Concrete recommendations balance criticism. Citing Vatican II, the document states that all clergy “ought to have continual contact with the Scriptures, through assiduous reading and attentive study of the sacred texts, so as not to become idle preachers of the Word of God, hearing the Word only with their ears while not hearing it with their hearts” (No. 46). Further, “In every diocese a biblical pastoral program, under the guidance of the bishop, can insert the Bible into the church’s great initiatives in evangelization and catechesis.” Seminary formation should stress “a greater, up-to-date knowledge of exegesis and theology, a solid formation in the pastoral use of the Bible and a true and proper initiation into biblical spirituality” (No. 49).
Points for Dialogue
By issuing the working paper well in advance of the synod, the Council for the General Secretariat of the Synod invites responses not only from bishops and delegates but from the wider church. The following observations are part of this dialogue and an invitation to readers to join the conversation.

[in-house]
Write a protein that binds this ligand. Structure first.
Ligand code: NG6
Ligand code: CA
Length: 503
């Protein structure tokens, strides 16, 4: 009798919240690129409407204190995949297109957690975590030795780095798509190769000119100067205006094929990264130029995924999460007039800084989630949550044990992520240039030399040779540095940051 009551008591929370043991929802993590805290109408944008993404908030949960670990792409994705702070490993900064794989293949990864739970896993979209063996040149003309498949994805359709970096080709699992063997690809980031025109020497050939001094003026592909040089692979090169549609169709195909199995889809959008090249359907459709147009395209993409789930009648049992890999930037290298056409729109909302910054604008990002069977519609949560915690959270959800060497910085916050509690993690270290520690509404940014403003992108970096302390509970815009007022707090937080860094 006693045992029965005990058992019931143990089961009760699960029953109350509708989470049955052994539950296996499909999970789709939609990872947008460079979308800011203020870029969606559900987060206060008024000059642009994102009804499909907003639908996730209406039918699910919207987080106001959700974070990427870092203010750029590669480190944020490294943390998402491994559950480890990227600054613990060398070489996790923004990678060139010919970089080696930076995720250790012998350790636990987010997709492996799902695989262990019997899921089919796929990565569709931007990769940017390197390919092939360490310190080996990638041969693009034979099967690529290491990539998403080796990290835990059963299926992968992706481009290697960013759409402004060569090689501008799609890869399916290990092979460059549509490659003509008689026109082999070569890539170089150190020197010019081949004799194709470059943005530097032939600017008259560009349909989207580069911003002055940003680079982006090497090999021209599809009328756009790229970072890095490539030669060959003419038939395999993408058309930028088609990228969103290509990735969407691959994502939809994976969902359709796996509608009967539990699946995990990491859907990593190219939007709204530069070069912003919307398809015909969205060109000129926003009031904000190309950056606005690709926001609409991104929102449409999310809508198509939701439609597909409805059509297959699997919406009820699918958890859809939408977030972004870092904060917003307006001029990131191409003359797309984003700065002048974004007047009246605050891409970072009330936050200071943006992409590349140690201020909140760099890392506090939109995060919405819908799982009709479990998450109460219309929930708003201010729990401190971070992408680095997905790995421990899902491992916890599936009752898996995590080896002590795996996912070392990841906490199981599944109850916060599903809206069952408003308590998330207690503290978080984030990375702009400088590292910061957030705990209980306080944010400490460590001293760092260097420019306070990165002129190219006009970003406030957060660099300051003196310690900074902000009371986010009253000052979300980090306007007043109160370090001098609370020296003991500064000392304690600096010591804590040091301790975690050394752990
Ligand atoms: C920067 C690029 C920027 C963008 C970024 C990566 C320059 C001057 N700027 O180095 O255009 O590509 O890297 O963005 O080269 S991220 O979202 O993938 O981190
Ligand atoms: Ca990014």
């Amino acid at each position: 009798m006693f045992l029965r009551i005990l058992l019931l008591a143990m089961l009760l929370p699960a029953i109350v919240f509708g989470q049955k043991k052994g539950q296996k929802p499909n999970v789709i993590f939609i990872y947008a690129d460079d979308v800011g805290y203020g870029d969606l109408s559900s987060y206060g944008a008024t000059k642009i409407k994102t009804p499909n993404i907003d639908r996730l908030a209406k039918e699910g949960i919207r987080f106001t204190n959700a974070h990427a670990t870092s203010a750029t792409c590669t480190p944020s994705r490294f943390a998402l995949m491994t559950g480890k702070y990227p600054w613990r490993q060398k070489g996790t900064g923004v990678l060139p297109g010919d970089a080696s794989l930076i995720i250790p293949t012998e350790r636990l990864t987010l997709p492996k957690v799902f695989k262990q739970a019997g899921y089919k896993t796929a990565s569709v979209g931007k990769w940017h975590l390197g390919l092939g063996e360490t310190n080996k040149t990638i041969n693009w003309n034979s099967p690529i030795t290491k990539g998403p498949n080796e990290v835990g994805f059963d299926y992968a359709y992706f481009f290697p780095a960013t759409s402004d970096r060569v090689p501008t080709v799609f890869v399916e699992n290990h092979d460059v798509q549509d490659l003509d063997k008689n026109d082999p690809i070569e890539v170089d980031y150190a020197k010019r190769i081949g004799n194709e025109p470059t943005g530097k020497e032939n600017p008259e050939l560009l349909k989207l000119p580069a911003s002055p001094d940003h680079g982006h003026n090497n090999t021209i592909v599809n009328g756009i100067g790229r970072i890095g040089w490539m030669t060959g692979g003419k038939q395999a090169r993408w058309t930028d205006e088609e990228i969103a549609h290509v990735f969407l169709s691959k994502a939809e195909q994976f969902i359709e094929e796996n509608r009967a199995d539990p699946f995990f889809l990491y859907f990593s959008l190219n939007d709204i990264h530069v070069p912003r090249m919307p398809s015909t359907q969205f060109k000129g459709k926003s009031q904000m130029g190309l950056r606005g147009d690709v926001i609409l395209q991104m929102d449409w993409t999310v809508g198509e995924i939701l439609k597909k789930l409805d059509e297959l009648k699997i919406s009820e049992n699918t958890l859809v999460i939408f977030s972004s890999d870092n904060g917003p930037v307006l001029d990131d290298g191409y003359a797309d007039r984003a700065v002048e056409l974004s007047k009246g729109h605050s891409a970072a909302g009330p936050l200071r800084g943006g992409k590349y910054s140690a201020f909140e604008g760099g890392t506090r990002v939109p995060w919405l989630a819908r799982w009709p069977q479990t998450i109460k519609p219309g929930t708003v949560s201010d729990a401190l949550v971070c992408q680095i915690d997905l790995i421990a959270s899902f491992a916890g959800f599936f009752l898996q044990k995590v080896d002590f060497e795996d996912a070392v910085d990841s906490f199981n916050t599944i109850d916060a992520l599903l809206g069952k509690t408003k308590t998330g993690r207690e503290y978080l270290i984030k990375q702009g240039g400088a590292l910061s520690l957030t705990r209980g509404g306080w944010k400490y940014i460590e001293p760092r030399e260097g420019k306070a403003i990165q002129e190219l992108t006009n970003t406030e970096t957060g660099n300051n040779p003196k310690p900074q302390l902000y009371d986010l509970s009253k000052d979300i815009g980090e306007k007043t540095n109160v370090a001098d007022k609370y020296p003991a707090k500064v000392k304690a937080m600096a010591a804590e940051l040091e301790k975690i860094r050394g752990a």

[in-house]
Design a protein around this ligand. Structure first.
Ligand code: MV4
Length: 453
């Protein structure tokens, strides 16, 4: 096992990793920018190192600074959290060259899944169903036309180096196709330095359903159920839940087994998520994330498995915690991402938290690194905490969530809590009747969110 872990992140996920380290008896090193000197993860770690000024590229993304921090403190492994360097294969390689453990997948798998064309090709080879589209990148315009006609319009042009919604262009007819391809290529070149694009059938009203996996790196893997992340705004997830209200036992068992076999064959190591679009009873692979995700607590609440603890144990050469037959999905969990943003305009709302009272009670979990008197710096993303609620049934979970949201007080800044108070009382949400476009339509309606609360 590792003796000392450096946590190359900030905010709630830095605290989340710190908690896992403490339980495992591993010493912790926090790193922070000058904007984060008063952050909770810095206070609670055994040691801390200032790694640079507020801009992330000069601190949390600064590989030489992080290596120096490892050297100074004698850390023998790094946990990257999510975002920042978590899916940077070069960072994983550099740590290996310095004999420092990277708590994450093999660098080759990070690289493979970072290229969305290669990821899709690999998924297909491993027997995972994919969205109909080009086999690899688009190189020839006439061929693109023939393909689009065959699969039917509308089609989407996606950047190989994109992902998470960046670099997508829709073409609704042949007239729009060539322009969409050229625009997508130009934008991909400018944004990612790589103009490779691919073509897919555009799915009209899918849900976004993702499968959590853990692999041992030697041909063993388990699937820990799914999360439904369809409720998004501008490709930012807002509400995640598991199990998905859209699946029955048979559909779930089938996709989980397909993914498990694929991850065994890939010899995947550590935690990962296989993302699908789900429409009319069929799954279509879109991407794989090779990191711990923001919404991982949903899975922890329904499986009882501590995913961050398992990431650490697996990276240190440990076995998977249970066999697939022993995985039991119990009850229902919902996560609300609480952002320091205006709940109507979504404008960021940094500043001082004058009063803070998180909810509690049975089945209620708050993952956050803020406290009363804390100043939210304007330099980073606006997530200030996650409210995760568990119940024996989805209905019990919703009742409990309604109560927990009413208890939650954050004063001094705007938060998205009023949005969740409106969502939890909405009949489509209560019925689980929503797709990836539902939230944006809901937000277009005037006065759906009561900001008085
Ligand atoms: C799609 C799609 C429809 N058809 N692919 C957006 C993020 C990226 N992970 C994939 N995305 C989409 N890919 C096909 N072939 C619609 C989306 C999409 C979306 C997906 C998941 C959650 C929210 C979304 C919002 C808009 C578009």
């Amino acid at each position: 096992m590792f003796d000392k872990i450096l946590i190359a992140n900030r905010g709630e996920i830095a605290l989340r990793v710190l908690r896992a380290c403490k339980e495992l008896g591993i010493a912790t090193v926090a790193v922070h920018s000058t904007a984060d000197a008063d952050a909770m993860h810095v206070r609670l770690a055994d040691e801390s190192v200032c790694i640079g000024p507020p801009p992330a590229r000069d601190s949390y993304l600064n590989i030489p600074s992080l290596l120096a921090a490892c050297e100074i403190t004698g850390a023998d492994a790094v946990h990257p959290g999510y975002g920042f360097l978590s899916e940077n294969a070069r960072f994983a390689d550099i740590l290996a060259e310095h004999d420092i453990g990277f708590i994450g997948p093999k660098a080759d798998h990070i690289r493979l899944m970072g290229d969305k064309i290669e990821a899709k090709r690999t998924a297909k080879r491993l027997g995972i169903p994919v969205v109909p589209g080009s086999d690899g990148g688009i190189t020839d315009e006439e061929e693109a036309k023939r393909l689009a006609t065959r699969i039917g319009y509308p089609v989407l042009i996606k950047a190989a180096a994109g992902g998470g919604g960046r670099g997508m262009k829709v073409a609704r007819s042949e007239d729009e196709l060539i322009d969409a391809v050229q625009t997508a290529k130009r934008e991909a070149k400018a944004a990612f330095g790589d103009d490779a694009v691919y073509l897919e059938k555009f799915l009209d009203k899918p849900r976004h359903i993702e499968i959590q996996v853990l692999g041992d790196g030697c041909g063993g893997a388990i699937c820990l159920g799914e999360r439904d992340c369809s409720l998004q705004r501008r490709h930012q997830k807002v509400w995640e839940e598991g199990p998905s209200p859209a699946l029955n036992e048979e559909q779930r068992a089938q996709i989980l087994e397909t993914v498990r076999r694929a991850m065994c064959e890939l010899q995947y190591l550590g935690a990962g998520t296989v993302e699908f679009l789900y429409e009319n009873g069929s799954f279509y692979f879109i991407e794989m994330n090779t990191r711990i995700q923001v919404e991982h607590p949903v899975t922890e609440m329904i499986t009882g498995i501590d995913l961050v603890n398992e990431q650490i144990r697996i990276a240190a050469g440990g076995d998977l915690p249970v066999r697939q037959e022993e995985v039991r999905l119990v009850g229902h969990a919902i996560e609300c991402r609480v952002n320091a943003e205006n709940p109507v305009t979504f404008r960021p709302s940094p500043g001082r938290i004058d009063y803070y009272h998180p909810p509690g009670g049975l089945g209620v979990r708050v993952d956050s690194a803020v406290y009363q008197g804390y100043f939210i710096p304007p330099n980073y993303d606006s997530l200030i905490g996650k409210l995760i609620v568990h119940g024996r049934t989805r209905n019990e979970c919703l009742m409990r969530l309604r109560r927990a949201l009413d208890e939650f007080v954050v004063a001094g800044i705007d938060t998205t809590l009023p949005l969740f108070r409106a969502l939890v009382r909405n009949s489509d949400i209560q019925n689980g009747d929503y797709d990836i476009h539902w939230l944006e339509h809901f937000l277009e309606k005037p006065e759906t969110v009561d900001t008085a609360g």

Even as the church has been significantly renewed as a Bible-reading and Bible-praying community, there is constant need “to renew the renewal” at all levels of church life. The proclamation (reading) of the Word in liturgy, which began with enthusiasm after Vatican II, has often devolved into ill-prepared readers who really do not understand the texts they are reading. The ministry of lector should be renewed by following the recommendations in the General Instruction of the Roman Missal, especially in regard to the training of lectors and the public appreciation of their work.
Some dangers are occupational hazards for homilists: homilies too often can move away from the Scriptures, become overly moralistic (the challenge is to preach the good news, not simply give good advice), with too much emphasis on specific issues that may be of little concern to the majority of a congregation. In the original Greek, homilia means first “close association, social interaction or company,” and is used to describe “conversations.” The Sunday “homily” occurs in the company of Christ the Word, and is a three-way conversation among the Scriptures, the one preaching and those to be nurtured by Scripture.